Prepared Foods October 17, 2005 e-newsletter

Premier Foods PLC agreed to sell its Typhoo and other tea brands to Indian conglomerate Apeejay Surrendra Group for 80 million pounds ($141 million). The British food maker said it will use the proceeds to pay down debt.

“It (Typhoo) is a great traditional British brand, but it is number three in the market,'”chief executive Robert Schofield told AFX News in a telephone interview. '”We thought we weren't the best people to take it forward for the next few years.” Premier had revealed it was in talks to sell the unit -- which also owns the London Fruit & Herb and Lift brands -- at the end of last month.

Though one recent newspaper report claimed the business, which also has contracts to supply supermarkets with own-label tea, was expected to fetch 100 million pounds ($177 million), Schofield said he was “very happy” with the price received. Typhoo has around a 10% share of the British tea market, lagging well behind Unilever PLC's PG Tips and Tata Tea Ltd's Tetley, both of which command 20% market shares.

Unlike its two bigger rivals, Premier does not have any tea plantations, which Schofield says puts it at a disadvantage. With British tea sales declining by around 1% a year, he wants to focus on the rest of the company's stable of quintessentially British foods. Schofield has recently been ploughing money into developing lines such as a new range of Branston pickles, Ambrosia custard snack pots, and Hartley's fruit smoothies.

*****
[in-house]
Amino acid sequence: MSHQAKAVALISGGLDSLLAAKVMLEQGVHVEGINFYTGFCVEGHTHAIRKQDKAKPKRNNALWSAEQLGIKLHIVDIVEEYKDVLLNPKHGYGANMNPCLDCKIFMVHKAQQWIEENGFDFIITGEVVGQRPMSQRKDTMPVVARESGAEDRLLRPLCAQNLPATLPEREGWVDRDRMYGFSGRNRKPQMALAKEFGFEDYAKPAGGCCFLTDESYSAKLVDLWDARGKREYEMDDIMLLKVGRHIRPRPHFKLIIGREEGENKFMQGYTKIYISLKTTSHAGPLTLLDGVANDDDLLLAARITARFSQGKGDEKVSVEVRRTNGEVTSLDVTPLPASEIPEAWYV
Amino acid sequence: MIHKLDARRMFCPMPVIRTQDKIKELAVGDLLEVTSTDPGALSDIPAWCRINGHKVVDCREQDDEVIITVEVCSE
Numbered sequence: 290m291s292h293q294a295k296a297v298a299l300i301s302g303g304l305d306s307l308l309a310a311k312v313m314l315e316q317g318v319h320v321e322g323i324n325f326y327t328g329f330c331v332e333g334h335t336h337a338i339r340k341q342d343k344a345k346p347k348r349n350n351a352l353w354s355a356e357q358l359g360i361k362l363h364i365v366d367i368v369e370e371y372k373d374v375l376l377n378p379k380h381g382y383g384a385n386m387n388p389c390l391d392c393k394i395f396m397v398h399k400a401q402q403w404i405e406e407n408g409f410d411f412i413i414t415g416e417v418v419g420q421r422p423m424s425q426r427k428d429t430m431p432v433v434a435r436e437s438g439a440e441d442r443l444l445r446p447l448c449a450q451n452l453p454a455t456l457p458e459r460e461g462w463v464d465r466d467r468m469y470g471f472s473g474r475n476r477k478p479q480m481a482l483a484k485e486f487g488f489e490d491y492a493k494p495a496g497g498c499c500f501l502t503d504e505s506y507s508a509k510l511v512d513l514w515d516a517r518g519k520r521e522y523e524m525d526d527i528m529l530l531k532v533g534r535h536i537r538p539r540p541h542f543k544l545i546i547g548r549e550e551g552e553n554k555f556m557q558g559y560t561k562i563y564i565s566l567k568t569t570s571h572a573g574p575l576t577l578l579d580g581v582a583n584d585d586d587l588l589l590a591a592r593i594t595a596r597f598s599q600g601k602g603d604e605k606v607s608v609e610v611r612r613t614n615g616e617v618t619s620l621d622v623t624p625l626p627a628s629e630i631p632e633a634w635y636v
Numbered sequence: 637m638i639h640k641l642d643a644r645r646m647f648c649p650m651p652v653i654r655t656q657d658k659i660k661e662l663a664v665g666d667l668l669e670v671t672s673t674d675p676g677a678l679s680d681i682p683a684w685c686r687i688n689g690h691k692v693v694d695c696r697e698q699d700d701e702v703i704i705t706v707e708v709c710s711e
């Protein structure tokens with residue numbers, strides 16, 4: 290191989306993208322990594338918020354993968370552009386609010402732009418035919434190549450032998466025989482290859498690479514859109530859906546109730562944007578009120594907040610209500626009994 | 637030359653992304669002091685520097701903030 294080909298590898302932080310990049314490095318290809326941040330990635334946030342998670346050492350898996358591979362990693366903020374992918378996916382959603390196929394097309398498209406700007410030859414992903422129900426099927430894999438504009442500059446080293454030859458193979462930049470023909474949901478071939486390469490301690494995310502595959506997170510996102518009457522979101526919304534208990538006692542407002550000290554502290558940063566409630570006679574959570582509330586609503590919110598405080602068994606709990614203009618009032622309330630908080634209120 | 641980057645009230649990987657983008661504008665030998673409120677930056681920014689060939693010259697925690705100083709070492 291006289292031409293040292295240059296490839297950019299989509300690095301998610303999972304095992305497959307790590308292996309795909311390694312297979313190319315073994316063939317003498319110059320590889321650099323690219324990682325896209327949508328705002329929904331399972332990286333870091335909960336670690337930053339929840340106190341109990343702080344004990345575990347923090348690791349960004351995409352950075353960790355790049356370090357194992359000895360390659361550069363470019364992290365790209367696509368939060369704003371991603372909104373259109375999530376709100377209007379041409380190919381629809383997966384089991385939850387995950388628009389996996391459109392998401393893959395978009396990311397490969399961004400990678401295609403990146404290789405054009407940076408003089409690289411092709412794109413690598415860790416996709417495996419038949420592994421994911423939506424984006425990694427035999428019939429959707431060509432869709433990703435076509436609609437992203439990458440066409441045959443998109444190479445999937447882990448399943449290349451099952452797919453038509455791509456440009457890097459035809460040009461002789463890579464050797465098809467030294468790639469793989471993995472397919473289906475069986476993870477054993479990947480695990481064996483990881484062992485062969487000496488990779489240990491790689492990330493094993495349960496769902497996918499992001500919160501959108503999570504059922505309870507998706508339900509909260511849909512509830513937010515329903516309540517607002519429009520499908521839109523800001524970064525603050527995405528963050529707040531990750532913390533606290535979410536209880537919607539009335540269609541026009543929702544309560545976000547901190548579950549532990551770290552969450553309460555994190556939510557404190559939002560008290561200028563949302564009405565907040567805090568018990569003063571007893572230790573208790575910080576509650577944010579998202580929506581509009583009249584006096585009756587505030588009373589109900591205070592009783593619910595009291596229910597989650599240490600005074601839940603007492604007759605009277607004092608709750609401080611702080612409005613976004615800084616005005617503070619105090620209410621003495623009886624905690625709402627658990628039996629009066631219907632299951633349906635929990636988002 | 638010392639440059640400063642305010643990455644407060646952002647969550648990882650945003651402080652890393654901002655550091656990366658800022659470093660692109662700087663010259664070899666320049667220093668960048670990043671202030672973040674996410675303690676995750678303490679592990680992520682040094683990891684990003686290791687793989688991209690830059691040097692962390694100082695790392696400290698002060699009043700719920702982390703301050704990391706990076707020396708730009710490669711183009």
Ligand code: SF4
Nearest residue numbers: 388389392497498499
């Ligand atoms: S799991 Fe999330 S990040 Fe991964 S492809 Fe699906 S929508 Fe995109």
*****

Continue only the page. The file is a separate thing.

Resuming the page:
Apeejay is among the largest producers in India with a workforce of over 40,000 and 17 estates producing over 21 million kilograms of tea. “It's an iconic brand. It's known by everybody and gives us an opportunity to grow in the U.K. market and beyond,” chairman Karan Paul said. He intends to beef up marketing expenditure in the U.K. in the coming months in an effort to grow market share. Thereafter, he says he will look to grow international sales, which presently account for around 5% of the total.

Paul is hoping that as a vertically integrated company he will be able to strip out a sizeable chunk of the company's running costs, but he denied any of the unit's 249 jobs were at risk.

Premier said the book value of the assets being sold was 25.7 million pounds ($45.4 million) as of July 2. The business had net sales of 70.2 million pounds ($124 million) and operating profit of 11.2 million pounds ($19.8 million) in 2004.

Source: AFX News